them, I ascend unto my Father and your Father, and to my God and your God." These words are obscure. But a natural explanation results from a reference to Matthew's account. Matthew says that Jesus appeared first, as they were returning, to all the women who visited the tomb. It is natural that such a mistake should have arisen in the hurry with which these exciting events followed one another. Shortly after the women had come into the city, saying they had seen angels at the sepulchre, who said that Jesus had risen, Mary came in saying she had seen Jesus himself. Now as, in the first instance, all the women, Mary with the rest, had gone out to the tomb, it is natural that the story of the women should have been blended with that of Mary, and that it should have been understood by some, that all the women had seen Jesus. Matthew tells us that when the women saw Jesus, they fell down and held him by his feet. Now as it was Mary only to whom Jesus appeared, it must have been Mary who held him by his feet. He said unto her, therefore, in effect, Detain me not, do not stop now to embrace me, for I do not yet ascend to my Father. You will have other opportunities of seeing me; Go now to my brethren and tell them, &c.' When Mary told the disciples she had seen their master alive, as they were incredulous, they intimated, in all probability, that it was an illusion of which she had been the subject, that she had seen a spectre. She would naturally insist, in reply, that she had not only seen him, but that she had touched him, that she had held him by his feet, and knew that it was real flesh and blood. Hence the phrase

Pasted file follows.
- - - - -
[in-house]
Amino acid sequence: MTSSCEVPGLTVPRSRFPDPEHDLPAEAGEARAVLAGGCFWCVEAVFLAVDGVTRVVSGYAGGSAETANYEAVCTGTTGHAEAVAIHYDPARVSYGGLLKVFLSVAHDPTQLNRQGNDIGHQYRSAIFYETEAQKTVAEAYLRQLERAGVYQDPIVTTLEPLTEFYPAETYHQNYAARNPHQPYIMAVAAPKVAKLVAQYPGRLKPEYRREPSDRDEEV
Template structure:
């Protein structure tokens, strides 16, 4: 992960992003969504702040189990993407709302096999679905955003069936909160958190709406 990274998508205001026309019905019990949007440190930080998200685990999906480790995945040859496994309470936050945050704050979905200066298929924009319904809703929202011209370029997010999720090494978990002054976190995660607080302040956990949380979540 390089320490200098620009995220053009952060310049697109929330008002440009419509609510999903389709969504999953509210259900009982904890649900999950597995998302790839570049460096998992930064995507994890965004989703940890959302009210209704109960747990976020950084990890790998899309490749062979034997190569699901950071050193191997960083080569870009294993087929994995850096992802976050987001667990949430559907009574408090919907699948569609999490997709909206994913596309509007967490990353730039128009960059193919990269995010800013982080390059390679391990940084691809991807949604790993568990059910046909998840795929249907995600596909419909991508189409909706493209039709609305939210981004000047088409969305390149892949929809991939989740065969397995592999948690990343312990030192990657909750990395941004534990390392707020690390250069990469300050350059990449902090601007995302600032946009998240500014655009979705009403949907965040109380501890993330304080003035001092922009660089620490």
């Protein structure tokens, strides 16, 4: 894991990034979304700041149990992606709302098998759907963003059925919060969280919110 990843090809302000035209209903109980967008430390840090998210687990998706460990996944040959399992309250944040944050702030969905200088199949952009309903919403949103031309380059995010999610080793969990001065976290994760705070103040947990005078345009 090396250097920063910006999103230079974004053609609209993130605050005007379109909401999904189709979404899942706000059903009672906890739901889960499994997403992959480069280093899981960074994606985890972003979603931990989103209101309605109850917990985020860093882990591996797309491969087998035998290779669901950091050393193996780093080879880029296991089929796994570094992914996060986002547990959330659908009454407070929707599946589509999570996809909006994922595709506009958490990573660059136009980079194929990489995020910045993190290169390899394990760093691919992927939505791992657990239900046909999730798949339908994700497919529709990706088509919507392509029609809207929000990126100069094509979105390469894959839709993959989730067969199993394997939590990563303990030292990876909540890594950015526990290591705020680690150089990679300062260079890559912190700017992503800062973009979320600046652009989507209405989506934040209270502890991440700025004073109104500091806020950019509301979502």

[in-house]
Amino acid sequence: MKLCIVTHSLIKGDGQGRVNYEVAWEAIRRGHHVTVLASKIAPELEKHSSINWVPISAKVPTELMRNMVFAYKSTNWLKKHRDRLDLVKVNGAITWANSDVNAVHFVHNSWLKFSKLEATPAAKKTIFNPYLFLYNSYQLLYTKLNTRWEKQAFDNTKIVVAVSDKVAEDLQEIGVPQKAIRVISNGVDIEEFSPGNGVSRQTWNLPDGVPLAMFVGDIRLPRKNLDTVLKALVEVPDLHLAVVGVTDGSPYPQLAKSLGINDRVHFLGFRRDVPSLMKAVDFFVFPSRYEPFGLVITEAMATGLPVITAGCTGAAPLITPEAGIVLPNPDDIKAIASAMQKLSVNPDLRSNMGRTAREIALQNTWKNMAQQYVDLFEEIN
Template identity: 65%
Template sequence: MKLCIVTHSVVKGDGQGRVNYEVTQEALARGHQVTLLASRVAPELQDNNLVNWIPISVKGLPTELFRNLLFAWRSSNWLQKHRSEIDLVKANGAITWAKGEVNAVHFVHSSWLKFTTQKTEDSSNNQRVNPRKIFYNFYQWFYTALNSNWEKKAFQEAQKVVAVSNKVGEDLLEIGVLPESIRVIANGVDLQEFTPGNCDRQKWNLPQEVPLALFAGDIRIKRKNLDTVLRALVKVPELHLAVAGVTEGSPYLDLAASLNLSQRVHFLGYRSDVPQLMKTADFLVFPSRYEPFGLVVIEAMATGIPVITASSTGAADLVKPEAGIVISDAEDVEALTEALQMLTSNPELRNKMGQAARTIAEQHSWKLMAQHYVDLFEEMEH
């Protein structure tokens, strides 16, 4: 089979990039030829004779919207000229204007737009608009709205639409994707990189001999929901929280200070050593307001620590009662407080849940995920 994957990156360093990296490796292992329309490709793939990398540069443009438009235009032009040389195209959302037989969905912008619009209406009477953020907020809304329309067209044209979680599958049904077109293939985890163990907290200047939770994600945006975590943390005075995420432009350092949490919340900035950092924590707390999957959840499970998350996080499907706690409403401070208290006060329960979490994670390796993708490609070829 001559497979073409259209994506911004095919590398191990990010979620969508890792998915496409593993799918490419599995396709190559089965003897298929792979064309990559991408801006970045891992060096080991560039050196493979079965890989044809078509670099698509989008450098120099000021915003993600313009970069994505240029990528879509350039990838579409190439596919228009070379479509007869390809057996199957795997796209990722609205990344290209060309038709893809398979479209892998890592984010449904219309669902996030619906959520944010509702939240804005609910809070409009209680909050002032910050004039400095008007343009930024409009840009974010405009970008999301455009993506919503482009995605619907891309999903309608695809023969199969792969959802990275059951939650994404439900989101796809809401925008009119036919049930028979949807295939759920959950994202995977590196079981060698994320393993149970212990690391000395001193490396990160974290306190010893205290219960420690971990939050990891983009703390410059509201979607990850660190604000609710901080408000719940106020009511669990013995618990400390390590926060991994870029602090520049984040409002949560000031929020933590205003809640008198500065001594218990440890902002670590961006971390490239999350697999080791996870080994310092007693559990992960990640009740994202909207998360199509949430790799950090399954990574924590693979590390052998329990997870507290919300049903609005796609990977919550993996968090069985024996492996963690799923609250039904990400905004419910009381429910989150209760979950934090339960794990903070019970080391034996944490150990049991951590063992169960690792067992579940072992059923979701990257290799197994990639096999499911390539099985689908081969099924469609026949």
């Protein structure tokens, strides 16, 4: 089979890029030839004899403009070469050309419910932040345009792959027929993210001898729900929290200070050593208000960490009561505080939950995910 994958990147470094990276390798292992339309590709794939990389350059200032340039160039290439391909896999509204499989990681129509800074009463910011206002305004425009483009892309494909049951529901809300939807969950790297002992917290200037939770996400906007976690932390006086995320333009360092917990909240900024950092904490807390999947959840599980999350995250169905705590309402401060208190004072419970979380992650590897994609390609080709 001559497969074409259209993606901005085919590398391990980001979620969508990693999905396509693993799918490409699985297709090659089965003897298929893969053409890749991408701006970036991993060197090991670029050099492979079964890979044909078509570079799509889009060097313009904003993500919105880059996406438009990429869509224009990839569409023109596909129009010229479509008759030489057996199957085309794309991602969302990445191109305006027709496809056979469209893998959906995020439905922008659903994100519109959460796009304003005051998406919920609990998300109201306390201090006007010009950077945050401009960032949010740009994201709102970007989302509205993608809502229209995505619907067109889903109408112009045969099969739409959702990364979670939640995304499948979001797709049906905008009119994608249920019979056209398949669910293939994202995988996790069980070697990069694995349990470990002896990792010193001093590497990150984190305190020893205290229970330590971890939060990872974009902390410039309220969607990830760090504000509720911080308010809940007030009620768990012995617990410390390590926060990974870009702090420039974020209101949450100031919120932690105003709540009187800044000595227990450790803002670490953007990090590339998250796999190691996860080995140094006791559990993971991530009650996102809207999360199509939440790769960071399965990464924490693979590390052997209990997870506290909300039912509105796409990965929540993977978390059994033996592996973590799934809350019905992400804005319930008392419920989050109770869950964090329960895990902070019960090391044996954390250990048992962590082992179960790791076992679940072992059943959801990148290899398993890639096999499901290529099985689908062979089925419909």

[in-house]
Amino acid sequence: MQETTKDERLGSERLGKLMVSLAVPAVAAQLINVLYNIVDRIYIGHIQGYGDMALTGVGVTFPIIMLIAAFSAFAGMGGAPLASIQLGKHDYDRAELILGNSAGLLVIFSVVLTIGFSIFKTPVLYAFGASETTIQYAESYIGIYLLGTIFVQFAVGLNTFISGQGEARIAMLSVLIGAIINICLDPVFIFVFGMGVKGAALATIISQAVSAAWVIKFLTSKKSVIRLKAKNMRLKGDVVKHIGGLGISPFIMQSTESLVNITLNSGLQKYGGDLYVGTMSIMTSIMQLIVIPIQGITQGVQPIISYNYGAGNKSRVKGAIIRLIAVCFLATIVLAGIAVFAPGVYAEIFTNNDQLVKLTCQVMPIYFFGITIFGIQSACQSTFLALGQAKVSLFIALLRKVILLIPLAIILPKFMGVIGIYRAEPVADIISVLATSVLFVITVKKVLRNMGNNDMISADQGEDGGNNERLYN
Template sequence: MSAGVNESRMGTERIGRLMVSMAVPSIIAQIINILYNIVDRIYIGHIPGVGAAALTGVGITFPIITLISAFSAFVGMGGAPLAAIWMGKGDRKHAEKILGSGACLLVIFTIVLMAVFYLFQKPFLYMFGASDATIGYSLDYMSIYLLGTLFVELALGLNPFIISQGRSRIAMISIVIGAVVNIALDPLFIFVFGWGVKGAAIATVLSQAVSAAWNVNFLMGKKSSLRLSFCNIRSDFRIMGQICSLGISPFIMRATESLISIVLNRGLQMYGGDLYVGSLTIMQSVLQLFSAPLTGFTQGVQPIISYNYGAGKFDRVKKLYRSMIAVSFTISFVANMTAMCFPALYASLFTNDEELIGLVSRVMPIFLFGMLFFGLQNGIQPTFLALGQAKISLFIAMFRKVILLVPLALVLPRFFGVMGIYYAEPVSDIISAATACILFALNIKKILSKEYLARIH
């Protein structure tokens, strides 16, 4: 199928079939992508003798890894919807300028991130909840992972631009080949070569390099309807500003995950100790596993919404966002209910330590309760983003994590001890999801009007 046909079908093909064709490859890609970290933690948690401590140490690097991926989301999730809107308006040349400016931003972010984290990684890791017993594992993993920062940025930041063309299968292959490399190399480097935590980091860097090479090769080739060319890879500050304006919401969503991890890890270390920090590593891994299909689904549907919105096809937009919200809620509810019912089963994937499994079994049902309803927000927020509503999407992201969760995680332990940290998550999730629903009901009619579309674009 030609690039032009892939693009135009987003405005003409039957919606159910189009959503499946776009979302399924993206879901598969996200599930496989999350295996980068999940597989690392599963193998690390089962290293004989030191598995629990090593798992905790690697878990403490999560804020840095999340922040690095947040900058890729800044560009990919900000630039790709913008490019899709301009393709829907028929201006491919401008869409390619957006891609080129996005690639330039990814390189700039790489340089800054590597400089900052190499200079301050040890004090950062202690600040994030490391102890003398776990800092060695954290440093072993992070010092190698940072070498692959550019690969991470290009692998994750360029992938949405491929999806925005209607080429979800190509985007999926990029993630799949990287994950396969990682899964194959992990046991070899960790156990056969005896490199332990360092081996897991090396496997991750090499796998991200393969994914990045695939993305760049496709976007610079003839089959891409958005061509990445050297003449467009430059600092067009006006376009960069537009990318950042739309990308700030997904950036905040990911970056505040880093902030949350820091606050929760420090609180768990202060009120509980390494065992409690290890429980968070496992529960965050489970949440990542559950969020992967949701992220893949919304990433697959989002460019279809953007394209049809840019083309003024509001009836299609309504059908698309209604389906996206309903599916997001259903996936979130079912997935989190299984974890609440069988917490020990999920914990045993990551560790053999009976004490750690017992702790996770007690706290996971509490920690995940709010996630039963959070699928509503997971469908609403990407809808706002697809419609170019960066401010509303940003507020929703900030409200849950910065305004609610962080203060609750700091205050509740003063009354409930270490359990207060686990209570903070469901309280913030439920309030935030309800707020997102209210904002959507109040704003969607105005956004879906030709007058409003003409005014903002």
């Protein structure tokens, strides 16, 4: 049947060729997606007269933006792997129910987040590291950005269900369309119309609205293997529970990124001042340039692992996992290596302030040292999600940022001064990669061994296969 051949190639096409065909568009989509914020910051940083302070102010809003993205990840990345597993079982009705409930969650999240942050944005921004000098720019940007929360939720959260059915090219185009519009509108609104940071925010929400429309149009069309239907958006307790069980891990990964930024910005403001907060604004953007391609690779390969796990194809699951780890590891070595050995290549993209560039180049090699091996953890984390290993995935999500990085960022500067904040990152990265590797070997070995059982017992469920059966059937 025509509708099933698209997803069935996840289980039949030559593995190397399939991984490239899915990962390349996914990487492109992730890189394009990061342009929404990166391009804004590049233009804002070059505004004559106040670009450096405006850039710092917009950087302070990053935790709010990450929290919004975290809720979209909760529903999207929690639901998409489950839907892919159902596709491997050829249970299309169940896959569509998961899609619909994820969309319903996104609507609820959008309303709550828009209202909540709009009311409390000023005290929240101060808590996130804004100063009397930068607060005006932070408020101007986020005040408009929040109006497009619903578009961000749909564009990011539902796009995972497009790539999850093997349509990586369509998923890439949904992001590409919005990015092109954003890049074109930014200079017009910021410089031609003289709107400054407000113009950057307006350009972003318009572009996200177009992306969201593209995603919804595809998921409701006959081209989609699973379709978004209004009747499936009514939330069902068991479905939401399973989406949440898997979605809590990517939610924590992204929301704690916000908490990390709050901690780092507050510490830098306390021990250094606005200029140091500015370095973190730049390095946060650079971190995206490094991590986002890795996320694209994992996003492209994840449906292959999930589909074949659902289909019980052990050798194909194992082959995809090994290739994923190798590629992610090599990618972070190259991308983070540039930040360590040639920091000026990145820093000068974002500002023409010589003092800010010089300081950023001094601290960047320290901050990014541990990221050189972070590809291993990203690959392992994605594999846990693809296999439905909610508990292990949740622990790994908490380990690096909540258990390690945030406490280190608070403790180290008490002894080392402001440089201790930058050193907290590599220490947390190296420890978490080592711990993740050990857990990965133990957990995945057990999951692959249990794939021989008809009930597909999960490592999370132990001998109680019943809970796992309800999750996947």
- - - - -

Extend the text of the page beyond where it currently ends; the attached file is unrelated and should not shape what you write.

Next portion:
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THE STORY OF THE RESURRECTION, FULL OF NATURE. 283 in Matthew, and they held him by his feet.' As upon this act of embracing the feet of Jesus much stress must have been laid, as an evidence of the touch to the reality of his appearance, it is possible that the exact words addressed to Mary by Jesus may have been altered, and he may have been made to say "Touch me not," when he used a term nearly synonymous, but less obscure.